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Liar by Lesley Pearse

On picking up this latest novel by Lesley Pearse, having read several of her others, I felt I knew what to expect. Lesley writes about likeable but flawed, strong-minded yet naïve young women from disadvantaged backgrounds or difficult circumstances making their way in the world. The tales usually involve insight into an historical period, personal growth, some romance, a mystery and even murder. Liar is her 28th book in as many years and indeed this novel follows the pattern.


Set in bustling London of the early 1970s, Amelia left an unhappy home life as a teenager and experienced the fun and freedom of the flower power, hippy movement of the 1960s but now lives a lonely life in a tiny bedsit working for a local newspaper selling advertising. On returning home one day, she discovers a woman’s body in a pile of rubbish left uncollected by striking dustmen.


Prompted to find out more, she visits the murdered woman’s family and begins to ask questions. She writes about the murder for her paper and meets a handsome and attractive neighbour, Max. The mystery deepens as a second woman and a third are murdered. Amelia continues to ask questions and puts herself in danger.


At the same time Amelia is searching for the sense of belonging that she’s craved ever since leaving home and distancing herself from her dysfunctional family. Is Amelia’s good-looking new boyfriend Max really ‘the one’, a man who will stick by her forever and always, unlike the previous males in her life? Will her new friend Kat, her crusty boss Jack, her workmates and the friendly policeman who is posted outside her flat give her the security she seeks. As she navigates who she can trust and where she can find safety she begins to realise that people may not be as they seem.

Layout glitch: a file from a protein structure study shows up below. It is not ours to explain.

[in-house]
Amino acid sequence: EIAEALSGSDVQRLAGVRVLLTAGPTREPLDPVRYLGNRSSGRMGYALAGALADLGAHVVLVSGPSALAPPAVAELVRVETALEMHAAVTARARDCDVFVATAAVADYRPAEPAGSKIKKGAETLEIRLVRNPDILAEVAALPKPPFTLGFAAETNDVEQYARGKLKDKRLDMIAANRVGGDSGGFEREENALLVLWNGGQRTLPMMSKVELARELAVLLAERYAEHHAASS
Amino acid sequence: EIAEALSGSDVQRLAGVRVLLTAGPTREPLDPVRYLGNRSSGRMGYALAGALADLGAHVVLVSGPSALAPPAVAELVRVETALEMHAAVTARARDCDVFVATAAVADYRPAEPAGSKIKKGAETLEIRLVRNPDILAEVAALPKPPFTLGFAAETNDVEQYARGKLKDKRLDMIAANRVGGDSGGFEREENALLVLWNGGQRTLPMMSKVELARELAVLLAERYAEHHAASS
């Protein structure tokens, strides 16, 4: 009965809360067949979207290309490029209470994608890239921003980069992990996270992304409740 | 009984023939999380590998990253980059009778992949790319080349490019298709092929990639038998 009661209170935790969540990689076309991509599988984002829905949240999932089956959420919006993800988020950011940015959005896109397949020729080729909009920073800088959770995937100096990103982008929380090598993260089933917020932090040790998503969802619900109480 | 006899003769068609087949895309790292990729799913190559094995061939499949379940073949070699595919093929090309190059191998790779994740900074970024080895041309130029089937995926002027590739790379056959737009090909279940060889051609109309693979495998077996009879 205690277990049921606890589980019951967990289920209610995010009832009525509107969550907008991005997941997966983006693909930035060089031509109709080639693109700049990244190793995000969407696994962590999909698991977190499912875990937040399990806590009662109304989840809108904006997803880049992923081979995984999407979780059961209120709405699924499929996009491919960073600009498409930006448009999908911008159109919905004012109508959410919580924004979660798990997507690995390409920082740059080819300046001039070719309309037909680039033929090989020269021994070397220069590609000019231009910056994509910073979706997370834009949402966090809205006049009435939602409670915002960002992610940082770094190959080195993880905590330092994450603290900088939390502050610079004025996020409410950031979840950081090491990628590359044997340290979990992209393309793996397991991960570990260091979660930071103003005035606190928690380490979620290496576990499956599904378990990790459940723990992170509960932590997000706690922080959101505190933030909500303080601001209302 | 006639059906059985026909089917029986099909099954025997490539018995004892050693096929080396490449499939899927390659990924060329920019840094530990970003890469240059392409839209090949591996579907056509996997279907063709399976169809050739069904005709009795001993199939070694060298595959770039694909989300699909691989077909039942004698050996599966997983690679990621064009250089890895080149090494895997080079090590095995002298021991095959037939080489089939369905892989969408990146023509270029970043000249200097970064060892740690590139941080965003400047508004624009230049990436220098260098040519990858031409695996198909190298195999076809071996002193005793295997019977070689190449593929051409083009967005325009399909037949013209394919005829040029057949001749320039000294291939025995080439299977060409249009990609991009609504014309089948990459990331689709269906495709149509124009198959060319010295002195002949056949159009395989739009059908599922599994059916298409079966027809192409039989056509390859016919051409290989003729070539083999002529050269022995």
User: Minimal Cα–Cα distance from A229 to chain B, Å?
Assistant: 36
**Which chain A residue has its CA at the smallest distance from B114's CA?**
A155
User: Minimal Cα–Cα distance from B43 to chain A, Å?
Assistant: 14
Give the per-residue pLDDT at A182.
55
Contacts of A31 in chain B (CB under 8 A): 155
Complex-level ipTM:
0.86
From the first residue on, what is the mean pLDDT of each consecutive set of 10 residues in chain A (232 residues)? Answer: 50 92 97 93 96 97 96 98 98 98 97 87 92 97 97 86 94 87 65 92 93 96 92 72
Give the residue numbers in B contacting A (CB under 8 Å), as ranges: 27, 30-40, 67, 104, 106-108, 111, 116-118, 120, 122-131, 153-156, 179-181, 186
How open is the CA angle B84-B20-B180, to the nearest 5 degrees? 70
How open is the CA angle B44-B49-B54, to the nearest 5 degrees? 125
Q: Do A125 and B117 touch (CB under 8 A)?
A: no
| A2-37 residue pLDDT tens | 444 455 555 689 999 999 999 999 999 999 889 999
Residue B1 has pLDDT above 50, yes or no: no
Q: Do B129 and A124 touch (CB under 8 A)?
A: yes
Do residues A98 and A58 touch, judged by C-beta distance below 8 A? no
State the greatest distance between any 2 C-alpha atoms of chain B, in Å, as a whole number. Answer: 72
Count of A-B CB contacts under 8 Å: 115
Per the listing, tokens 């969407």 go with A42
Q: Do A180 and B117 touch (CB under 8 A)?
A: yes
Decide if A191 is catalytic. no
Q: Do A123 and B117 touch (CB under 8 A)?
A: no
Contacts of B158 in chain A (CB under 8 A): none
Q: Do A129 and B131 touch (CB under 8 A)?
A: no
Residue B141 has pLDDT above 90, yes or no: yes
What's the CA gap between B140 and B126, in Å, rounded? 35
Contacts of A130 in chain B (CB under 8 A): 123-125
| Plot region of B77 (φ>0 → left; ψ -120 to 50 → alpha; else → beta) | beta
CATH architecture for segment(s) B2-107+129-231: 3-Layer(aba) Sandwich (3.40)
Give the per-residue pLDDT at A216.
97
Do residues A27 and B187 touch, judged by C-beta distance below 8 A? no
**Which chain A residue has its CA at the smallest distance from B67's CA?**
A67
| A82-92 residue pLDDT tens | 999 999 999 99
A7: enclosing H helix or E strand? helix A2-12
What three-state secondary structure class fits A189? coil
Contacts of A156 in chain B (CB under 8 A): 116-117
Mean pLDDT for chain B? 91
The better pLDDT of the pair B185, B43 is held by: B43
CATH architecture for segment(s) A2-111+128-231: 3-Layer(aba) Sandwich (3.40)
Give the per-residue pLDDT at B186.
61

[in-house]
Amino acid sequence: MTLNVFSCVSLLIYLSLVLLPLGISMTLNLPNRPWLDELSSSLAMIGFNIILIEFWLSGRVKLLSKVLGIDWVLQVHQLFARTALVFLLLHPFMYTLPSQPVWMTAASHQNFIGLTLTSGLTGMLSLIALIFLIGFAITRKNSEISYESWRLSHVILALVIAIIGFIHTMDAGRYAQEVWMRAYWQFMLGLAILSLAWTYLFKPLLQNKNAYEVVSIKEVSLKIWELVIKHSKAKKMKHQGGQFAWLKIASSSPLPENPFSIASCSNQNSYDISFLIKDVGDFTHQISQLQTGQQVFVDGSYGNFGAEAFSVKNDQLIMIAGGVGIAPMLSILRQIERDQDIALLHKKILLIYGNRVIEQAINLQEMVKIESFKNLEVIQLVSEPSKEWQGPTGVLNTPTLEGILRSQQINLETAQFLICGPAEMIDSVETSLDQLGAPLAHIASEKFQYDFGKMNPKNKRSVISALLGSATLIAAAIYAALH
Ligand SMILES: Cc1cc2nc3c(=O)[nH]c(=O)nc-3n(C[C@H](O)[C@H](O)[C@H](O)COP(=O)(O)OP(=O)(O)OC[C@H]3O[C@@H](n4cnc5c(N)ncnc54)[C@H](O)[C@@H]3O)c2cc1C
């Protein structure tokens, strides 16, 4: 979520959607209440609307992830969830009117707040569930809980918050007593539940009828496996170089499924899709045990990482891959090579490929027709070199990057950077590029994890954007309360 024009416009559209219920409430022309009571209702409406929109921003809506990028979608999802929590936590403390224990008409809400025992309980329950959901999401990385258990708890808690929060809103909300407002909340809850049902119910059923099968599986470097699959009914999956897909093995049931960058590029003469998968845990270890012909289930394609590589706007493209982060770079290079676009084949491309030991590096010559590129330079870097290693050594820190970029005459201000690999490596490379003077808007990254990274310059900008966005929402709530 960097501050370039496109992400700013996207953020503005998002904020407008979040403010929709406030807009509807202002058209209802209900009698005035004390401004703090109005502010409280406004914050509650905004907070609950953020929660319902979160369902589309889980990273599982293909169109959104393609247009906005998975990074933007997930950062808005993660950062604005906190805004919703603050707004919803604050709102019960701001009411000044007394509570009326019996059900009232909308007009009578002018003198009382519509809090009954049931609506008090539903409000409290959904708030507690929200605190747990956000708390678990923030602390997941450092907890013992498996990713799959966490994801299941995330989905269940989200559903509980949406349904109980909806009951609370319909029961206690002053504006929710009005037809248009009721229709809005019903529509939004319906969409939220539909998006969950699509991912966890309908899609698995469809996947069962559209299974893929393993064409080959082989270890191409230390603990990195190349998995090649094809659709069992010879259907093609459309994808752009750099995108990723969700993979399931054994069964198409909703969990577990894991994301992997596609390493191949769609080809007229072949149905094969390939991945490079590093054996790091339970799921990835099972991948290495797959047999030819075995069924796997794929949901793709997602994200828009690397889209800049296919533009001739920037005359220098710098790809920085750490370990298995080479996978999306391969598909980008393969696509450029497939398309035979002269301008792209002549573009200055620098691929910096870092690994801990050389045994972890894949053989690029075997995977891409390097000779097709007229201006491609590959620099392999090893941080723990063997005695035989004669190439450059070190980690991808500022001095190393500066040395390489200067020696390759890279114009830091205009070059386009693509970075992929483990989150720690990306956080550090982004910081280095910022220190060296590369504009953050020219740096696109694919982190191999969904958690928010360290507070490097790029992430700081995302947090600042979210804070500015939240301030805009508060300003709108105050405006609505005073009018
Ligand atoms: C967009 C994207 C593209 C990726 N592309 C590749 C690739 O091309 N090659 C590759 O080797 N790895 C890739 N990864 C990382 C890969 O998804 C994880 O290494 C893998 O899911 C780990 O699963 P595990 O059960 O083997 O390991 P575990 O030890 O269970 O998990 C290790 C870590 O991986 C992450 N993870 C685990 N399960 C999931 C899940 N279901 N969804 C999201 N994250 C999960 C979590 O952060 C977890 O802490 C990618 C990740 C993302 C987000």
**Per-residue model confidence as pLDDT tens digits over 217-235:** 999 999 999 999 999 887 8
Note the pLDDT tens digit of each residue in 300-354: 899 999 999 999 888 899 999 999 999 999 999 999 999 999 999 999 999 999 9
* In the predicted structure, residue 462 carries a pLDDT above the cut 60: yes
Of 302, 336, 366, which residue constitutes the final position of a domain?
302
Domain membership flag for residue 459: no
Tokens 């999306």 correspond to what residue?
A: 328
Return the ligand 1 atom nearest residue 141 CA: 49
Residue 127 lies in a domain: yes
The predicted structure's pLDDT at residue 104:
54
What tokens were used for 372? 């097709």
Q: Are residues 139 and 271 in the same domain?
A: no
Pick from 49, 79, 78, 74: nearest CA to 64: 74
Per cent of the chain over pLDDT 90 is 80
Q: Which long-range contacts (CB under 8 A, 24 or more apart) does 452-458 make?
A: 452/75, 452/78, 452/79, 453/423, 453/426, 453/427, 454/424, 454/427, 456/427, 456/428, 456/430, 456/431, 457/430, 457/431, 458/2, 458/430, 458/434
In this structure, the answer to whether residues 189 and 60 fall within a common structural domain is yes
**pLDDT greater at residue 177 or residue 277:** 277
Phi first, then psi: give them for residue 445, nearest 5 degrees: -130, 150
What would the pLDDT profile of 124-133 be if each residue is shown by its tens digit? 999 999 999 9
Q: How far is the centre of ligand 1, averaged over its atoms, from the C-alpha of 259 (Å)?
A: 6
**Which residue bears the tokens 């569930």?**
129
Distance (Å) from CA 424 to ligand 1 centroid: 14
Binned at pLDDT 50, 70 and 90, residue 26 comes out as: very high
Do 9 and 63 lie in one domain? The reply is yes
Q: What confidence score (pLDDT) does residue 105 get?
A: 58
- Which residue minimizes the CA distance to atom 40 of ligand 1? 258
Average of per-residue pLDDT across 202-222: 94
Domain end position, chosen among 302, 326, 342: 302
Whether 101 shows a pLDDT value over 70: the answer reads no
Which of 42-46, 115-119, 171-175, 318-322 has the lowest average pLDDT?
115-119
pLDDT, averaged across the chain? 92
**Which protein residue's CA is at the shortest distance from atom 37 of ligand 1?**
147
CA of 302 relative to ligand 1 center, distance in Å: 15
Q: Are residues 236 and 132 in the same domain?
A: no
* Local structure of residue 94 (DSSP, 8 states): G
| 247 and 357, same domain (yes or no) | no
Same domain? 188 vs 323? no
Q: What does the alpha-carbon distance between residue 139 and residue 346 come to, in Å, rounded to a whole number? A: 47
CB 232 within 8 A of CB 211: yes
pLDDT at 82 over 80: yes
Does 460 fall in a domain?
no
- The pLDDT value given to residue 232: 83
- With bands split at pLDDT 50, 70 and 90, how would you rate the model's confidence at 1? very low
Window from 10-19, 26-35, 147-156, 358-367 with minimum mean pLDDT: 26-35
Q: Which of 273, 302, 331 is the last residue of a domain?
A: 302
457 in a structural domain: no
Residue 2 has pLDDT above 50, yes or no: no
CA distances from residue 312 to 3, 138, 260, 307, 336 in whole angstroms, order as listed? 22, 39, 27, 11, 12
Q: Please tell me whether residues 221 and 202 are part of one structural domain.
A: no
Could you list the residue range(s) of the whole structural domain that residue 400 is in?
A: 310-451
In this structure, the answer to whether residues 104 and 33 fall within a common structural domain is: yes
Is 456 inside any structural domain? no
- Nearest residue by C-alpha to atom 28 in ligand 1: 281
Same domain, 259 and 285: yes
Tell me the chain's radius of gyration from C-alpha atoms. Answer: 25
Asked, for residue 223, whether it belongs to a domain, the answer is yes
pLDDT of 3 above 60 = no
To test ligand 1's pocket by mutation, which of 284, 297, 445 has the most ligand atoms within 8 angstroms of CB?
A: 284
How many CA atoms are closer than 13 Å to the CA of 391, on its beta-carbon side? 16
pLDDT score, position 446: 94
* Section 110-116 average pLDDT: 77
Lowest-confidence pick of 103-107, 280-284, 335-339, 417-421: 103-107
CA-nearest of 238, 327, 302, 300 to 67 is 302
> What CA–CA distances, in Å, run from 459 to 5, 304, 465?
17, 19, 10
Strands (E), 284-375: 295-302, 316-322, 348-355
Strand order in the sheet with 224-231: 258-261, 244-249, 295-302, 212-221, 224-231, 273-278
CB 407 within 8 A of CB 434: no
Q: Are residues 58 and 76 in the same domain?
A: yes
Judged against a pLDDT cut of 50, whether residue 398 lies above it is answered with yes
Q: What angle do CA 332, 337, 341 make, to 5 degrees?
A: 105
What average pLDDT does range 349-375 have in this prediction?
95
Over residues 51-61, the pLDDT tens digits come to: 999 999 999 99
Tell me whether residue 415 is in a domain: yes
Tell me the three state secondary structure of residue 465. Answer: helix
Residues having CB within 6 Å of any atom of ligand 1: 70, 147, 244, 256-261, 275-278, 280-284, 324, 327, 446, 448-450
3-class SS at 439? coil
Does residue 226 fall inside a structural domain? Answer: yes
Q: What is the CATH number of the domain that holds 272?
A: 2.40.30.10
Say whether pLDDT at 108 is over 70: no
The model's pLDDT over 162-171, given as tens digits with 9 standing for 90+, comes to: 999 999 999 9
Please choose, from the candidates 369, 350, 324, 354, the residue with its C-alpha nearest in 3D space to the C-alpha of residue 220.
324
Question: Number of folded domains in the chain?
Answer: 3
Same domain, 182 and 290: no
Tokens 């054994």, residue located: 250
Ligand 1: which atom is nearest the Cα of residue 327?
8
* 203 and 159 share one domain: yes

Lesley is an accomplished storyteller, and people and places are deftly detailed, while the momentum of the mystery of the murders draw the reader on. And I couldn’t help becoming attached to Amelia as she navigates her way through the difficulties life has thrown her way. Her caring nature and naivete balanced by her determination and bravery kept me turning the page, hoping that despite the deceptions she would find her answers, both to the murders and to her loneliness. This novel also draws attention to the effect bullying can have and to the way in which childhood experiences can affect people’s lives, showing an understanding of the trauma countless people experience in their lives. I would recommend this novel as an absorbing, engaging and interesting read. To those of you who have already read some of this author’s many books, you will need no recommendation.


Reviewer: Clare Lyon

Published by Penguin

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